When I hear that Hotel Xenia, in London’s South Kensington, is arranging a series of culinary events, inviting Italian Chefs to cook the food of their region, I decide I have to get a taste. The first features Sicily and then, every month will move northwards, until finally ending up in Lombardy in November. For the Sicilian dinner, Chef Pietro D’Agostino, from the one star Michelin restaurant, La Capinera, in Taormina, brought along five of his staff, plus local ingredients and fine matching wines. Even better, like all the events, after the meal, he promised to demonstrate how the dishes were cooked.
I arrive at the hotel, grab a glass of Prosecco, and check the six course menu. Pietro will be cooking three, Xenia’s resident chef, Andrea Angeletti, will do two and dessert will come from pastry chef Manuele Francesco, of the Nuova Dolceria in Syracuse, Sicily. It seems that I’m in safe hands as Pietro, still only in his mid-thirties, has had an illustrious career with stints at the Dorchester, Le Meridien Lingotto in Turin, and then winning a Michelin star in 2008 for his restaurant La Capinera. He tells me that his dishes are based on traditional recipes, keeping alive the memory and the smells of his childhood, yet giving them an innovative and creative twist.
I see what he’s getting at when I sample the first of his courses. Peeled king prawns nestle on a bed of shredded red onion, surrounded by an almond and orange sauce. It’s the wild fennel, mixed in with the onion, which reminds me of the true taste of Sicily and the prawns are so fresh they’re barely cooked. Next it’s thin slices of black cod, with olives and Marsala marinated capers, resting on cubed potato, in a lake of lettuce puree. It could almost be nursery food, yet the green sauce raises it to Michelin-star status.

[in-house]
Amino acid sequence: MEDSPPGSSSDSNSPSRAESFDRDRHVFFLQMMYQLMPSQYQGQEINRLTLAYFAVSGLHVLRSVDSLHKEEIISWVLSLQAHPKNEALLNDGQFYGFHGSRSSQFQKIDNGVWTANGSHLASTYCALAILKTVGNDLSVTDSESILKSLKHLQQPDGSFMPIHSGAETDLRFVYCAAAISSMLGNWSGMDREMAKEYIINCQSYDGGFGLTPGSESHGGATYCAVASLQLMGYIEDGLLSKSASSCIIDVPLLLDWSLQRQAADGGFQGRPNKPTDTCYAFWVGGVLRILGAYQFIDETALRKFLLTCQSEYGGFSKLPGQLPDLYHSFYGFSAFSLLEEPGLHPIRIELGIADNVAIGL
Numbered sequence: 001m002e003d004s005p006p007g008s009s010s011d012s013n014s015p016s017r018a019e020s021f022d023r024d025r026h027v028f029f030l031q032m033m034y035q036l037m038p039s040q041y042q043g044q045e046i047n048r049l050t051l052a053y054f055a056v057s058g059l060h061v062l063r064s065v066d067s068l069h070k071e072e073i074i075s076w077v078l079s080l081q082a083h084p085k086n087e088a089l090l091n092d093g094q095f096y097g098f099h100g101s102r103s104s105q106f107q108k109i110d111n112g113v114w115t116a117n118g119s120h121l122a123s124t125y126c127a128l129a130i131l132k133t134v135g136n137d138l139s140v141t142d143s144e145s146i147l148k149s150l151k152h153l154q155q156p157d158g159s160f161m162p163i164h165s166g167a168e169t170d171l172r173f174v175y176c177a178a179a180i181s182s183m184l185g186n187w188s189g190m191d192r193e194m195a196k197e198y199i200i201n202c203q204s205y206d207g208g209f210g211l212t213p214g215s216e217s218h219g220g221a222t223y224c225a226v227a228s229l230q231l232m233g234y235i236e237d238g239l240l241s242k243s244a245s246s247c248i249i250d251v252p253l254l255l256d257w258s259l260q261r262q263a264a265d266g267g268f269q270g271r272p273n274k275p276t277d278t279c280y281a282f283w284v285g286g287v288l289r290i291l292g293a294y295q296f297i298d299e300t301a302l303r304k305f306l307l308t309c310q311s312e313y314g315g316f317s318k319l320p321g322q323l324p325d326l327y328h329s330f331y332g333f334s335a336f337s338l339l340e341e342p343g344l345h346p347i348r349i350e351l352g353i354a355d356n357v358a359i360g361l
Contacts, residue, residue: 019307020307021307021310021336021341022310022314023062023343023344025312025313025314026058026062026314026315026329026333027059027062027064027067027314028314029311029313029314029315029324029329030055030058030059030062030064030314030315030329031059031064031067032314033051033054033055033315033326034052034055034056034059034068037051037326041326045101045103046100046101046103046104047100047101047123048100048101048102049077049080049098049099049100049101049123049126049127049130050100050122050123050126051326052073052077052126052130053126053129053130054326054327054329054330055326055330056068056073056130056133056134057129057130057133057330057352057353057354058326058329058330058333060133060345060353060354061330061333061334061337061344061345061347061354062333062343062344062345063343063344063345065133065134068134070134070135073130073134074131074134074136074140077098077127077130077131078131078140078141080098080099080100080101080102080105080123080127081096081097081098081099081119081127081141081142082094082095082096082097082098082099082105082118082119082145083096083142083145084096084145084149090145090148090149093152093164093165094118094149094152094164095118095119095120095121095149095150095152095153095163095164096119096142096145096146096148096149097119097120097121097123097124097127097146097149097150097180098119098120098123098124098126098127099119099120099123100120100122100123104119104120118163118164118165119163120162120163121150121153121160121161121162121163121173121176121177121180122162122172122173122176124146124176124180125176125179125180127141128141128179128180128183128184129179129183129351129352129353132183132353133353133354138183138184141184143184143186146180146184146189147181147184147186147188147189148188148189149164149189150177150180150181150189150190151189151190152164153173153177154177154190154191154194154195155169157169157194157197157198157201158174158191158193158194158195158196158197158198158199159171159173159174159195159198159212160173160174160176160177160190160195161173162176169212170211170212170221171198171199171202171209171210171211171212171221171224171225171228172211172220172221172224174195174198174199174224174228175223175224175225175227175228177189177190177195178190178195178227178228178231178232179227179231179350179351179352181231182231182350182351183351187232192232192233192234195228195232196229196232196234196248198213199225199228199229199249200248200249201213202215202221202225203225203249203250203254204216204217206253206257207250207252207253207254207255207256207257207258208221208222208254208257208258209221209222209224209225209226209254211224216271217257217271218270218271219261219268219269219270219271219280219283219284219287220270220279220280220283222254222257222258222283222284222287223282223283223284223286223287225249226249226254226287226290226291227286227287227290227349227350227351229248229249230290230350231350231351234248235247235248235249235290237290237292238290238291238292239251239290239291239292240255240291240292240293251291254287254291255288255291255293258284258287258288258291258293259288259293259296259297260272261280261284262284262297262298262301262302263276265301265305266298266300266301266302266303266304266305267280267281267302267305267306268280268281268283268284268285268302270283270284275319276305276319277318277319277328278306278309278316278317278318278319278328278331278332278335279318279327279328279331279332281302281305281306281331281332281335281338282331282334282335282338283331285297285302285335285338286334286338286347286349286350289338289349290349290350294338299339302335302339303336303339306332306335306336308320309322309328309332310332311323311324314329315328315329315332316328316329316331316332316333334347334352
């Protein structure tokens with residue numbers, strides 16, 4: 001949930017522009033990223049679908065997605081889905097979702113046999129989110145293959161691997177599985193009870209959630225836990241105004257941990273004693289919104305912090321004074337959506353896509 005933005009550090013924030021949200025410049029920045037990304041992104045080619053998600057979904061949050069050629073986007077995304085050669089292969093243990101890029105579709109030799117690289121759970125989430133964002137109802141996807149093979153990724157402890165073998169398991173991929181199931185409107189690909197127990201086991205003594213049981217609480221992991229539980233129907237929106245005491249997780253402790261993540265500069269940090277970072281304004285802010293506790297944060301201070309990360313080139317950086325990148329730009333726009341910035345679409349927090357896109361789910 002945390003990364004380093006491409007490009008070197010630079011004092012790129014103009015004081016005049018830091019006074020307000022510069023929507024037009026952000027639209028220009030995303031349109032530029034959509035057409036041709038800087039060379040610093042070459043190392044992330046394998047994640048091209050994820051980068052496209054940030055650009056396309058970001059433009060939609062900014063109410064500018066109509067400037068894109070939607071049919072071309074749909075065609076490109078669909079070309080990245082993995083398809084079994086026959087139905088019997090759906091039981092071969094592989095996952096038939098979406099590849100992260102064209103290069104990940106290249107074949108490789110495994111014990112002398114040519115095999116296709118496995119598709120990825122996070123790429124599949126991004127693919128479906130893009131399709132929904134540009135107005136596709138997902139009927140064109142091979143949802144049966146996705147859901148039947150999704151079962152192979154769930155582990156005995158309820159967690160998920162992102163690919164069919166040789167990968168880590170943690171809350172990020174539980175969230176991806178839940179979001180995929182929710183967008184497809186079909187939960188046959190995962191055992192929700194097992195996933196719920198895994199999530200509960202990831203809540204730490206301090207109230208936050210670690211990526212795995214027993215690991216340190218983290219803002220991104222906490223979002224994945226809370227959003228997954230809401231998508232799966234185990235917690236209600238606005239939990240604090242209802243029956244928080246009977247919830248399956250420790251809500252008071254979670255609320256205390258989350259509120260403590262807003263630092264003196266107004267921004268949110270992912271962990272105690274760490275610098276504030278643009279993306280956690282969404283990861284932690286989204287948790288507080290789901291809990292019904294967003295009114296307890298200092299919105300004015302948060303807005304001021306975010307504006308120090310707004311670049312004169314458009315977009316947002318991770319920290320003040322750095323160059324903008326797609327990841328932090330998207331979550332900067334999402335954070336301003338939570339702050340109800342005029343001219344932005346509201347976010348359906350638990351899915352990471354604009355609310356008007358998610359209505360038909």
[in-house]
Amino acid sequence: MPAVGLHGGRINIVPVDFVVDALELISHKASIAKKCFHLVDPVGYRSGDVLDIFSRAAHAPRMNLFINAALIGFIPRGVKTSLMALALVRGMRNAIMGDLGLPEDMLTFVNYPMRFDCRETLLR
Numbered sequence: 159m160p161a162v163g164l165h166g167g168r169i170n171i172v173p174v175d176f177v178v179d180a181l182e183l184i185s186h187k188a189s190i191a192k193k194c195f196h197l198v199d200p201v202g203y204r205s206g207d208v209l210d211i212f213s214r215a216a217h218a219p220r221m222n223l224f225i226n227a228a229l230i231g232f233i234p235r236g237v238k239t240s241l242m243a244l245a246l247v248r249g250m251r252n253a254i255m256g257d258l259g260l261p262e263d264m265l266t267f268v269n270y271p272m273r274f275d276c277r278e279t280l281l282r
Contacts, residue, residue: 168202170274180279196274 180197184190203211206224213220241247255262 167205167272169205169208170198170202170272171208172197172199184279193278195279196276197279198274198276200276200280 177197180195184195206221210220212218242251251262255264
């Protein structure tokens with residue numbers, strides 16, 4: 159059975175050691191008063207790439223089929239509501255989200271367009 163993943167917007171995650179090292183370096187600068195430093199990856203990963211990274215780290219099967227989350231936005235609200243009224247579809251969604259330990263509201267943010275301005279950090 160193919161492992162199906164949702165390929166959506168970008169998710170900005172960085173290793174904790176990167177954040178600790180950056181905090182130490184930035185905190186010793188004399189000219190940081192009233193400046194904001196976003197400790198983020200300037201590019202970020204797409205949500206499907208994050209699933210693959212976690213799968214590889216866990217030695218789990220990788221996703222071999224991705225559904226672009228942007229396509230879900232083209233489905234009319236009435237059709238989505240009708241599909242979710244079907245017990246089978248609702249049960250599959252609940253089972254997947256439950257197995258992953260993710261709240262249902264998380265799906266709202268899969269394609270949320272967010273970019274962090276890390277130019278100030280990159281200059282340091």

Pietro sticks with fish for his final course and I get a perfectly cooked piece of turbot with roasted baby artichoke, asparagus, aubergine and crispy squid. This is a marvellous combination of textures and flavours, simple yet refined, and makes me vow to visit him on his home ground in Taormina. Earlier he’d described his cuisine as genuine and modest, far from sophisticated, but I suspect he was just balancing expectations.
There are wine pairings with each course, all from vineyards on the slopes of Mount Etna, nourished by the volcanic soil. Sicilian wines are only now beginning to get the recognition they deserve and of particular interest is an organic Aitho Rosso 2012, but I also like their organic white. There’s only enough space to mention resident chef Andrea Angeletti’s dishes, scallops with noodles and sea food ravioli, but both make me feel I could come back to sample more of his cooking.
At the end of this marathon, pastry chef Manuel Francesco takes over with an excellent pre-dessert of almond panna cotta with caramelised almond topping and mandarin heart. Finally he serves up what he calls his toffee sandwich with ricotta cheese and pistachio and I can only manage a few mouthfuls. By now it’s almost midnight and I’m slightly relieved that time has run out for the cookery demonstrations. If every one of these Italian events is as good as this first one, then it’s well worth an outing – and all for the bargain price of £65 including a glass of Prosecco on arrival.